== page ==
Can you talk about your personal journey - in jewellery - in art? Which experiences were important?
I never contemplated a creative career. I trained as an industrial designer at Hunan University, Changsha, Hunan Province in China. I worked as an automobile components designer in Shanghai and planned to go Germany to learn more about transportation design. There are a lot of famous automobile companies in Germany, especially in the southern German states of Baden-Württemberg and Bavaria. Pforzheim University is renowned for its transportation design. A colleague of mine had also recommended the jewellery department and this planted a seed. I enrolled for a preliminary course in the jewellery department at the School of Design at Pforzheim University. It was there that I discovered a different way of designing that suited me better. This, combined with a strong desire to express myself, led me to pursue a career as a jewelry artist and designer.
When was this?
I arrived in Germany in 2015. After a one-year preliminary course, I enrolled for a full four-year study programme, including one extra semester abroad at Central Saint Martins in London.
What did you learn at the Hochschule Pforzheim? What will you always remember?
I went to Pforzheim as a designer interested in problem-solving. Studying at Hochschule Pforzheim helped me find problems and learn from those problems. Now there is a better balance between solving practical or technical problems, aesthetics, self-expression and subjects that matter to me. And most importantly, Hochschule Pforzheim spurred me on to become a more energetic and loving person.
Designing is not about problem solving, but about creativity?
Yes, and it takes creativity to find problems.
Do you have a personal routine or ritual while you are working?
I like to start my day with some music and a cup of coffee or tea. When I feel relaxed, I can enjoy the whole working process. I also have a habit of recording my ideas on my phone. I use it as a library of ideas. Before starting a project, I often listen to these recordings.
A contemporary version of a written diary. Do you write or draw while working?
I don’t draw very often but I have to admit that drawing really helps me document and sort out ideas. Sometimes it also helps me develop new ideas. My hands don’t always listen to my brain and feel like two different systems.
Most of your designs were made on a computer? Or do you use other tools?
I like to experiment with materials. I start with a rough idea and then try and make it with my hands. I need to touch and feel the material when I am working.
Which part of being an artist is your favourite and which part do you not like?
I very much enjoy traveling around the world and seeing different countries, meeting people and experiencing different cultures. Another very interesting part of being an artist is that I get the chance to use my antennae creatively. I receive a lot of information and this flow of information makes me curious. On the other hand, being an artist was not what I originally set out to become in life and it was certainly not what my family expected of me. The decision I made to switch profession and go against the expectations of others was not an easy one. Overcoming this difficulty made me more determined and gave me the courage to be myself.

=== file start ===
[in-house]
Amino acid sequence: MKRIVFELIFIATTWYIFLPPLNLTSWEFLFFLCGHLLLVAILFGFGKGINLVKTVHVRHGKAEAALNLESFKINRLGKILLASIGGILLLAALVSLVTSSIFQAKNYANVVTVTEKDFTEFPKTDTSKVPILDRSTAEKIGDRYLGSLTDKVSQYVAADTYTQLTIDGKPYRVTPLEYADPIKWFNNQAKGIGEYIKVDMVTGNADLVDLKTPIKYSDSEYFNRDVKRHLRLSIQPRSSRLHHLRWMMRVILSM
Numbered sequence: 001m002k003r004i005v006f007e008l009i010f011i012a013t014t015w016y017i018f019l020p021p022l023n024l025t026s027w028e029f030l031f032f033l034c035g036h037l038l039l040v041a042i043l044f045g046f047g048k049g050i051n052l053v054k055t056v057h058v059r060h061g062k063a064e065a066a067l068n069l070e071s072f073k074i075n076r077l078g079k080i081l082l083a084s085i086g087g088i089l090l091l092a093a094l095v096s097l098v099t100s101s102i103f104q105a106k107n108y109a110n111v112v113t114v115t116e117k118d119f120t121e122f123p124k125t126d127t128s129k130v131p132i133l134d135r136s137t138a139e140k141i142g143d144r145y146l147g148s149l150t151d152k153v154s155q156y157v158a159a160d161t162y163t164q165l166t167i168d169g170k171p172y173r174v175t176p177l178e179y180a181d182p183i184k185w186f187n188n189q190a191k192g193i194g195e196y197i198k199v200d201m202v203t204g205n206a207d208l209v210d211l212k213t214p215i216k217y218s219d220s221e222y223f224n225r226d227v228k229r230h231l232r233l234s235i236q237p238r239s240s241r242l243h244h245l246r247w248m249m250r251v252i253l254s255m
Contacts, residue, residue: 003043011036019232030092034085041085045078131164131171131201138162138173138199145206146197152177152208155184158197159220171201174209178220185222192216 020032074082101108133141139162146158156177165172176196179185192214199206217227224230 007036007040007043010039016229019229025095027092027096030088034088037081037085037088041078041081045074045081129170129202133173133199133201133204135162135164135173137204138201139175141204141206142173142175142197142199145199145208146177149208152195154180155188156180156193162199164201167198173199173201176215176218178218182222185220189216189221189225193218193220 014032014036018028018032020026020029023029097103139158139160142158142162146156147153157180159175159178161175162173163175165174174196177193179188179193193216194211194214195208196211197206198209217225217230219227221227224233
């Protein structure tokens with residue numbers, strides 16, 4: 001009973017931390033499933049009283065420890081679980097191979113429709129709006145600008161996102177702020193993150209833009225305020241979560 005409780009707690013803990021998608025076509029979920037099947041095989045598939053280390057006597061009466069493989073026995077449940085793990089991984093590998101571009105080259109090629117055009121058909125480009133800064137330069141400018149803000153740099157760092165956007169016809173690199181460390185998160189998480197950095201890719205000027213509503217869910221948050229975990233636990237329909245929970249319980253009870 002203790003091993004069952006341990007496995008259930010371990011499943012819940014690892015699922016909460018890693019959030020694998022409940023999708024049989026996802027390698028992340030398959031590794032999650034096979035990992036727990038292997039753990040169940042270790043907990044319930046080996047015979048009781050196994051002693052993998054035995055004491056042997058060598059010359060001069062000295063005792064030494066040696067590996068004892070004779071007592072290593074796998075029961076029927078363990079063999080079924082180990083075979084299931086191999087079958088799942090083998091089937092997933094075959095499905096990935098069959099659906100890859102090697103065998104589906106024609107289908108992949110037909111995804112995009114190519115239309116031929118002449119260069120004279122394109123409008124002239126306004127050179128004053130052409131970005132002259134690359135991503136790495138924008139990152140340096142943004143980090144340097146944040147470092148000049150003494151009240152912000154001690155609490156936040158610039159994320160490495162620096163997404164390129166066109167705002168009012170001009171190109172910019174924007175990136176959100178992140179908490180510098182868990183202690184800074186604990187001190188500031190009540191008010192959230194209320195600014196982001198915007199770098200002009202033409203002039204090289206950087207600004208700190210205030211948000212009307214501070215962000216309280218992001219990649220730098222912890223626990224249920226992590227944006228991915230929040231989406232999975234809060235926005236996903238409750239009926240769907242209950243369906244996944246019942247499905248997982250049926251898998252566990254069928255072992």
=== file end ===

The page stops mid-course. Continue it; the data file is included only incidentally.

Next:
What inspires you to create? Where do you get your ideas from?
My ideas come from life. New ideas come up when I am in the shower or on the road or in conversation with others. I am very receptive and I find different opinions and perspectives enriching.
You made a work called ‘Strange familiarity’. What was the starting point for this work?
I wanted to explore a hidden and strange aspect of something familiar. Our belly button is familiar and strange at the same time, so I took that as my starting point. The works were created by chance. I happened to be working from home and came up with the idea of making a mould of my room-mate’s navel. I warmed wax in the oven in my kitchen because I was working at home and had no access to a professional wax machine. However, the restricted working conditions led me to explore different possibilities using wax moulding. By controlling the contact between the wax and the mould, I created a unique belly button! I even discovered some unexpected attributes of wax, which made the belly button shape take on a mushroom-like appearance.
What is strange and what is familiar about this process?
The navel is something we are very familiar with, but it’s hidden behind our clothes. It is also what connects us to our mother when we are born. However, we are not very familiar with other people’s belly buttons, even the belly buttons of those we are very close to. I cannot draw my mother's belly button when I think of my mother. That makes the belly button familiar and strange at the same time.
Which part of DIVA’s collection are you most excited to discover during your residency?
I’m looking forward to experiencing the museum’s historical collections and also the city. I'm interested in discovering connections between antique and modern life.
What would you like to achieve during your residency?
I would like to meet new people and build connections. To exchange ideas and experience life in Antwerp and develop new work.
What is your dream in terms of your art?
I hope my work touches people like music. I think music is very direct and sometimes when you hear a melody or a song, it just touches you. I hope my work has the same effect as music.